The authentic civet I sniffed started off, without a doubt, a little fecal, but it was hazy and round rather than a sharp, clear-the-room fecal. It evolved, though, into what I can only describe as a floral radiance. It’s some kind of miracle of nature that this substance secreted from an animal’s anal gland had a floral facet. I see this as nature’s lesson that scent is multidimensional. Just as a gorgeous-smelling flower like jasmine can contain indoles (molecules that are also present in feces and that we are taught to find disgusting), civet must contain some molecule or molecules that make it smell lovely in a way we’re familiar with. What smells nice in nature, it seems, has within it something that, quite frankly, stinks. This is what complexity in scent means, in part, just as complexity in food can mean that things that taste good might also be bitter, salty, sour or smelly.
Speaking of food, the vintage natural castoreum smelled initially like soy sauce, but soon it fanned out to include the familiar facets that make it a prized note for leather scents: animal fur and hide, and again, a warm, floral sweet-ish aspect. A vintage musk pod (sans musk grains) given to Aftel by a student in one of her perfume classes sat hairy and rude like a fetish in a glass jar, emitting after all these years its animal intensity. (I can’t really remember its smell, but the vintage musk tincture I sniffed reminded me of ginseng root.)
My second favorite note Mandy let me sniff from her perfume organ was vintage Costus. Costus is a substance obtained from the Saussurea lappa plant’s roots, and is one of many botanical ingredients that has an animalic sexiness to it. In Costus’s case, it’s been described variously as violet-like, sebum-y — like unwashed hair— and even goat-like. (For me, this last facet is very faint; Costus smells most to me like unwashed hair. And what is sexier than olfactory bed head?) I had always wanted to smell Costus, seeing as it’s in some of my favorite vintage perfumes: including Rumeur, Fille d’Eve and the first Scherrer.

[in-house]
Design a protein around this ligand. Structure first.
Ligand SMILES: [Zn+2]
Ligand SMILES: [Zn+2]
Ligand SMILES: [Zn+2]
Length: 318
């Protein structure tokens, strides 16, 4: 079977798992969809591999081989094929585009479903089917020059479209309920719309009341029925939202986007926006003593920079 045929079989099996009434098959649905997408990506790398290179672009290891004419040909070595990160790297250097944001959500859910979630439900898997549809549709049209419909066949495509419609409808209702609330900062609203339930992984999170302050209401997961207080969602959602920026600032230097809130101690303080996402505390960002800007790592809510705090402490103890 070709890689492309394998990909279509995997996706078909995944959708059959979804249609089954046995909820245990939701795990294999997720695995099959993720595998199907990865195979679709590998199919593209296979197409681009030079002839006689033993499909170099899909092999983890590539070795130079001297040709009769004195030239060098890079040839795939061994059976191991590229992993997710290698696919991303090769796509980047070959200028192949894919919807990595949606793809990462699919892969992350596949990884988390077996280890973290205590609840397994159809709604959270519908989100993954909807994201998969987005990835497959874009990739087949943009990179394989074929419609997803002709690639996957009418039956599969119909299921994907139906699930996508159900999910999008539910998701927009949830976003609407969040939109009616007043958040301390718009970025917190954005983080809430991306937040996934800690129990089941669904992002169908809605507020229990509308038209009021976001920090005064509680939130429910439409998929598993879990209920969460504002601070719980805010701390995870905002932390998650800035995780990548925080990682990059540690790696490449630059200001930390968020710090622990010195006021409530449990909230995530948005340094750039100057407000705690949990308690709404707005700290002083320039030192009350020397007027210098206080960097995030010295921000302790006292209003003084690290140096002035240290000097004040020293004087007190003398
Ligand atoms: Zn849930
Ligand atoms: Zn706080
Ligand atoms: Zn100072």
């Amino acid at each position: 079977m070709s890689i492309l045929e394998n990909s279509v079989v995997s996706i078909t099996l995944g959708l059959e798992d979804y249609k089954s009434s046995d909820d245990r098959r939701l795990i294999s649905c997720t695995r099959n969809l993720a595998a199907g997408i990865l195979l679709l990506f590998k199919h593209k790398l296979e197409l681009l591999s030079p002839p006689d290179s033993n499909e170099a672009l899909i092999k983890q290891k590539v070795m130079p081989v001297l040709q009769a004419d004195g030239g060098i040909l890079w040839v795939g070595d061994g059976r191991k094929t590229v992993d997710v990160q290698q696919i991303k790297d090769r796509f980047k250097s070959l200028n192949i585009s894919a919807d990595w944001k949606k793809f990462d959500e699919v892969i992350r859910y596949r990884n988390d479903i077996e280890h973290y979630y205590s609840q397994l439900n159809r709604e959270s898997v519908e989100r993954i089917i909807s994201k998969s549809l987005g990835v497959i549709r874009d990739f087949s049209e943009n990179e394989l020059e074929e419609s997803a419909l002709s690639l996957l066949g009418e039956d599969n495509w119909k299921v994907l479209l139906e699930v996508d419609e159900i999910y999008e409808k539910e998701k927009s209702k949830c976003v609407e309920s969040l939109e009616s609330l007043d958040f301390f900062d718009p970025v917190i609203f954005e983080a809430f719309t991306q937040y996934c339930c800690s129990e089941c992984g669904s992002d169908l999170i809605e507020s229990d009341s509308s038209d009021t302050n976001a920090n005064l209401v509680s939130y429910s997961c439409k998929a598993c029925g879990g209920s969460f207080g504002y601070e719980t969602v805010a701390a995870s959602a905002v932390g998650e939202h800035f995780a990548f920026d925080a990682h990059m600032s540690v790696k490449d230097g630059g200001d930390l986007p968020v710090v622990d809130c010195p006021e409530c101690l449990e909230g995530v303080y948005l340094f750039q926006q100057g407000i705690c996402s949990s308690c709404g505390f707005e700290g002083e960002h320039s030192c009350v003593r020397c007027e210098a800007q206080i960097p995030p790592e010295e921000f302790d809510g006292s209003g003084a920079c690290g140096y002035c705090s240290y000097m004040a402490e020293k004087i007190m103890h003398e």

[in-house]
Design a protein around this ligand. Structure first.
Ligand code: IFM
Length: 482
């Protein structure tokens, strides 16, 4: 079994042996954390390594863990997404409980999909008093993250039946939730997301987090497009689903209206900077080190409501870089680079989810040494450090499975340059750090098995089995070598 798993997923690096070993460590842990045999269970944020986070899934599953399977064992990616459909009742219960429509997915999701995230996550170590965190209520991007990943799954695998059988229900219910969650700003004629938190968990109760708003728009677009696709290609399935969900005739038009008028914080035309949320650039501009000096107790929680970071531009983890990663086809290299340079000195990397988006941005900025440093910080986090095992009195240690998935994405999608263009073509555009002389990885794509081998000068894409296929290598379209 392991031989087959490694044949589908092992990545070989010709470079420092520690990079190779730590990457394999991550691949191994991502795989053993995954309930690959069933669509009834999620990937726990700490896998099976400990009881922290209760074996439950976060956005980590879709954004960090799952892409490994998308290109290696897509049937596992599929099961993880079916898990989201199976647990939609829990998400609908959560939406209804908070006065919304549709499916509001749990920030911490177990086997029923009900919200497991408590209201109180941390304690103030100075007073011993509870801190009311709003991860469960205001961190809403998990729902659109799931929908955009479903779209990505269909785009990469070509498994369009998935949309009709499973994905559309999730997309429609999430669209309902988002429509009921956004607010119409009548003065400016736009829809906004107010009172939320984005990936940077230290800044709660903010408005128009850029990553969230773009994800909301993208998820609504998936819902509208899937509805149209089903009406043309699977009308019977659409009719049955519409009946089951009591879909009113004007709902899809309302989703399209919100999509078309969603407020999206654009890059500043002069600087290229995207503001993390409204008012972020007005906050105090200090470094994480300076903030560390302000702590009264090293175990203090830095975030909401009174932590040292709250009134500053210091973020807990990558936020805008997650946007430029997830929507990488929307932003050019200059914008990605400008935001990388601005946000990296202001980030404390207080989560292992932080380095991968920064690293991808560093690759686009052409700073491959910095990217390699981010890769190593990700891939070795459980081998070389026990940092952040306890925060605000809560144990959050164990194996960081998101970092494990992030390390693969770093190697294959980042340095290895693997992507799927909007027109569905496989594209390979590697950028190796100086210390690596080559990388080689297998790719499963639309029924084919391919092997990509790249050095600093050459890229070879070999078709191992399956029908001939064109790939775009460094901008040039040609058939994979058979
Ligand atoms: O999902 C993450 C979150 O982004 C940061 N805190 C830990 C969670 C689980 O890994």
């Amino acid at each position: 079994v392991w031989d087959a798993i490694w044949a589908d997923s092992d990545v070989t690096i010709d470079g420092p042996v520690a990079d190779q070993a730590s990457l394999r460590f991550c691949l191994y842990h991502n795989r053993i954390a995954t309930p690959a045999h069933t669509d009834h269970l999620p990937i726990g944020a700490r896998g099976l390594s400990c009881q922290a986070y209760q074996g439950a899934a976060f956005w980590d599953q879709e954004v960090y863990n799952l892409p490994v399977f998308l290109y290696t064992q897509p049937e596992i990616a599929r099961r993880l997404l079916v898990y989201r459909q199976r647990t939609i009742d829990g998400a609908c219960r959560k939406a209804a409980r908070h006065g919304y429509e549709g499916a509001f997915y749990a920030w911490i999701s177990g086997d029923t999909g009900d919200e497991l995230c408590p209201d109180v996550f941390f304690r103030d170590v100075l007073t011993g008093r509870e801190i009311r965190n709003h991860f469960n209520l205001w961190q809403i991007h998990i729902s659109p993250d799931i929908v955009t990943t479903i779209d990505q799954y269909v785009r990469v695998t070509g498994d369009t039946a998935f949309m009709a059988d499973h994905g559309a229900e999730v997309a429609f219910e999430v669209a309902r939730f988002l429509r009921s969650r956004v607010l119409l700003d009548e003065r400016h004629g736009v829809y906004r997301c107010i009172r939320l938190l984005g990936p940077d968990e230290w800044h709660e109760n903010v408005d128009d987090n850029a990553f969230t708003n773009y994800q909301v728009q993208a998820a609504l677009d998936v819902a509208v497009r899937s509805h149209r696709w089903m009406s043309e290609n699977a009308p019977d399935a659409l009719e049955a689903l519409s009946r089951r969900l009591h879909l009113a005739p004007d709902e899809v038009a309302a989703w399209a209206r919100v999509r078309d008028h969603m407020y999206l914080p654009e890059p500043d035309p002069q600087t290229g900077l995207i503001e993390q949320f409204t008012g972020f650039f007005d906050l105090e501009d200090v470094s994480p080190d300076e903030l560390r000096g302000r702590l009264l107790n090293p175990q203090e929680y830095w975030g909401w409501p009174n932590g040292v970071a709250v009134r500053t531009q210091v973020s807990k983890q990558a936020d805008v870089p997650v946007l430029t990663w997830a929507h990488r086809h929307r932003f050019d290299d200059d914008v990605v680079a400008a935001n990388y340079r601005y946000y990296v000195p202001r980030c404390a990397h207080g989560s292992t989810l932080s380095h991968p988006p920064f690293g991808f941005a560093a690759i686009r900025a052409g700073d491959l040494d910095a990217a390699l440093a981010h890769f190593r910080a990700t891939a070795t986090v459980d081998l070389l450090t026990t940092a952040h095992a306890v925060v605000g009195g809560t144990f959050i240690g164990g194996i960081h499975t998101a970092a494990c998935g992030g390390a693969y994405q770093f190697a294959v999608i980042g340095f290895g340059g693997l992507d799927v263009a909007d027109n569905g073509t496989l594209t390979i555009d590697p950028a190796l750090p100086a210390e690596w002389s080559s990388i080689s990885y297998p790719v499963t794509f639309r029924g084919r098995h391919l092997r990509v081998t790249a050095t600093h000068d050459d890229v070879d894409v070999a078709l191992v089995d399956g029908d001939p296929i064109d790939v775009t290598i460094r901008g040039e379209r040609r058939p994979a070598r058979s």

In the day’s most dramatic presentation, Aftel asked her husband to get a box they have in storage that contained a lump of ambergris and two bottles of vintage ambergris dilutions — one labeled Tincture and the other Ambreine. The lump of ambergris smelled smoky, floral, marine and warm, and the tinctures like fully realized perfumes themselves. I almost wondered if the ambergris inside had begun to resurrect the colognes the empty bottles once held, so complexly floral was its scent.
The day ended with some samples from Mandy’s wonderful line of natural perfumes, including the bright Trèvert (green, herbaceous and even minty), and Tango, a spicy perfume with an animalic vibe that has wild sweet orange, ginger, roasted seashells, and champaca on a smokey, honeyed base of tobacco and tonka.
I left Mandy Aftel's perfume studio drunk with the memory of scents present and past. Not a bad way to spend the day...
I really loved watching Mandy sniffing perfume. People who love fragrance sniff in a much more intense way, like foodies who eat with gusto versus those who eat to live. The first photo I have in this post of Mandy sniffing something she's rubbed onto her hand depicts this kind of sniffing. It and the image of Mandy in front of her perfume organ are actually screen shots from a fabulous little Yahoo video interview in which she explains how she switched careers from psychotherapist (!) to natural perfumer.
The perfume card with the civet in the corner is from her personal collection, and the other images are photos I took when I was in her studio.